Tata Steel is in advanced talks with the UK government to agree around GBP 500 million in state-backed funding to secure the future of its Port Talbot plant in South Wales, according to UK media reports this weekend.
The Indian steel major has been in long-drawn discussions related to the critical green transition of the UK’s largest steelworks, involving thousands of jobs in the country’s steel industry.
According to a “Sky News” report on Saturday, both sides are now close to agreeing a deal that would commit millions to the future of the Port Talbot steelworks.
“Tata Steel is continuing to discuss with the UK government a framework for continuity and decarbonisation of steel making in the UK amidst very challenging underlying business conditions given that several of its heavy end assets are approaching end of life,” a Tata Steel spokesperson told PTI, when asked about the development.
“Given the financially constrained position of our UK business, any significant change is only possible with government investment and support, as also seen in other steel making countries in Europe where governments are actively supporting companies in de-carbonisation initiatives,” the spokesperson said.
According to UK media reports, the draft plans close to being finalised include the UK government committing around GBP 500 million of funding and the Tata Group agreeing GBP 700 million of capital expenditure to help pay for a switch away from polluting coal-fired blast furnaces. The Indian steel major would reportedly commit to building electric arc furnaces, which offer greener, less labour-intensive ways of producing steel than traditional blast furnaces.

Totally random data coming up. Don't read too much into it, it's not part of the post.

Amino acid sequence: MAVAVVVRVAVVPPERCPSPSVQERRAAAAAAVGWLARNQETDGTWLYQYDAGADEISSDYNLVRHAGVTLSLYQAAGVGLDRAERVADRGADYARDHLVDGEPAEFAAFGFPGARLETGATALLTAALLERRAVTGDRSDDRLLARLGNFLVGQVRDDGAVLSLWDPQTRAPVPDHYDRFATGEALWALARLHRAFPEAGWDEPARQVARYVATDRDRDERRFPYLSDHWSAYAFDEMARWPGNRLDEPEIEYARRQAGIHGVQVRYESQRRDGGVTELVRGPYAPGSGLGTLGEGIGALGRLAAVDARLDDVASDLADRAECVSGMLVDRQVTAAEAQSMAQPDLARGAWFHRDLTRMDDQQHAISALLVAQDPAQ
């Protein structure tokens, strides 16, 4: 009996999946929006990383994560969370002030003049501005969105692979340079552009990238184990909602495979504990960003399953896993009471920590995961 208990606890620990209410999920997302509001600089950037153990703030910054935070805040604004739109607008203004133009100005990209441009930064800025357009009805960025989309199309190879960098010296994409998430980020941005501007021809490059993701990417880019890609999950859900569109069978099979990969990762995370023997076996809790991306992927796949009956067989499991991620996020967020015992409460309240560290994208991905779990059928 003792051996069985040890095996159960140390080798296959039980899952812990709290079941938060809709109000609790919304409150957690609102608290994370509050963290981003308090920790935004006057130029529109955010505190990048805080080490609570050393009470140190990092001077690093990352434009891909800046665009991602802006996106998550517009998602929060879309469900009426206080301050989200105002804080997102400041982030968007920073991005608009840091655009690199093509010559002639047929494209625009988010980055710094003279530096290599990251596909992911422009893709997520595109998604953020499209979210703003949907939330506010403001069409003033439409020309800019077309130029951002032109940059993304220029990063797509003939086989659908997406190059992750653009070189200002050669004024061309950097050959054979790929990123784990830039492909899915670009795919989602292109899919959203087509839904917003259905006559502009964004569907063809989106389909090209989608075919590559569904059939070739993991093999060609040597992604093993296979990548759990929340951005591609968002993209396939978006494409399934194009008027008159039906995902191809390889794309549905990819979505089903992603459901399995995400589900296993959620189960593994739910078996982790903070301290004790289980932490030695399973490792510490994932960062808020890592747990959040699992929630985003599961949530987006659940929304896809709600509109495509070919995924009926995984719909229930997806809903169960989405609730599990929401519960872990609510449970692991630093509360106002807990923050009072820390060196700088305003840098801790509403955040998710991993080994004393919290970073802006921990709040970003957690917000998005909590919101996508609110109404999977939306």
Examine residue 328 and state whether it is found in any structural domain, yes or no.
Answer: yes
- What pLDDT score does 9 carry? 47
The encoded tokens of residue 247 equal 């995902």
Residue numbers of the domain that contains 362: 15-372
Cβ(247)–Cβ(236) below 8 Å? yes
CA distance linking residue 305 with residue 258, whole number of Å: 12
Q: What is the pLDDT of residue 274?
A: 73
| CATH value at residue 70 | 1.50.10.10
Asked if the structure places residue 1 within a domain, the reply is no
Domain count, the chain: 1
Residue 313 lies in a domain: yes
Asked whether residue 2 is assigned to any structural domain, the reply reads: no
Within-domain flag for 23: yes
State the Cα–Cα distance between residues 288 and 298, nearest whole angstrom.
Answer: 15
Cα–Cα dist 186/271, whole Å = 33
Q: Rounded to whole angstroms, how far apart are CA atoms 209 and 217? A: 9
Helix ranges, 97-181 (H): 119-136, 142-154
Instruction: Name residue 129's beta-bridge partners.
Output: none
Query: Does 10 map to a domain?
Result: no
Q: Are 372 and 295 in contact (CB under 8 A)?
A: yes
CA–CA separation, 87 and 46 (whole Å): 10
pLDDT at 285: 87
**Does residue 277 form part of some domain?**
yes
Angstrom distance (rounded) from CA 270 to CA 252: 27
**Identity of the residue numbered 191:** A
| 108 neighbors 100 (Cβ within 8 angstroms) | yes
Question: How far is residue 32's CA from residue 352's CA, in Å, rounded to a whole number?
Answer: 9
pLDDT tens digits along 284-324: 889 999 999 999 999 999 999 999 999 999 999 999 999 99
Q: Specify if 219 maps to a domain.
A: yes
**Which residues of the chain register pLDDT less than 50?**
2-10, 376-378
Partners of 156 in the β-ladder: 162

Opposition Labour’s Stephen Kinnock, the local MP for Aberavon which covers Port Talbot, stressed that unions “must be fully involved and workforce must support the plan”.
“Steel is a strategic industry that underpins our entire economy. It provides tens of thousands of highly skilled jobs, it’s vital for our national security, and it’s key to achieving net zero. Failure to invest in our steel industry would be the very definition of a false economy,” he tweeted.
The unions, meanwhile, have expressed concerns over reports that a few thousand job losses are expected as part of the negotiations at the Tata-owned Port Talbot steelworks, which employs around 4,000 workers.
“We continue to support a solution that will maintain blast furnace production and safeguard the future for all the UK plants. We are ready to use all means at our disposal to protect jobs and our vital strategic industry,” said the Community steelworkers union.
The UK government has not commented on the latest reports, but any support package is expected to be dependent on pledges of investment into the future from the Indian steel giant.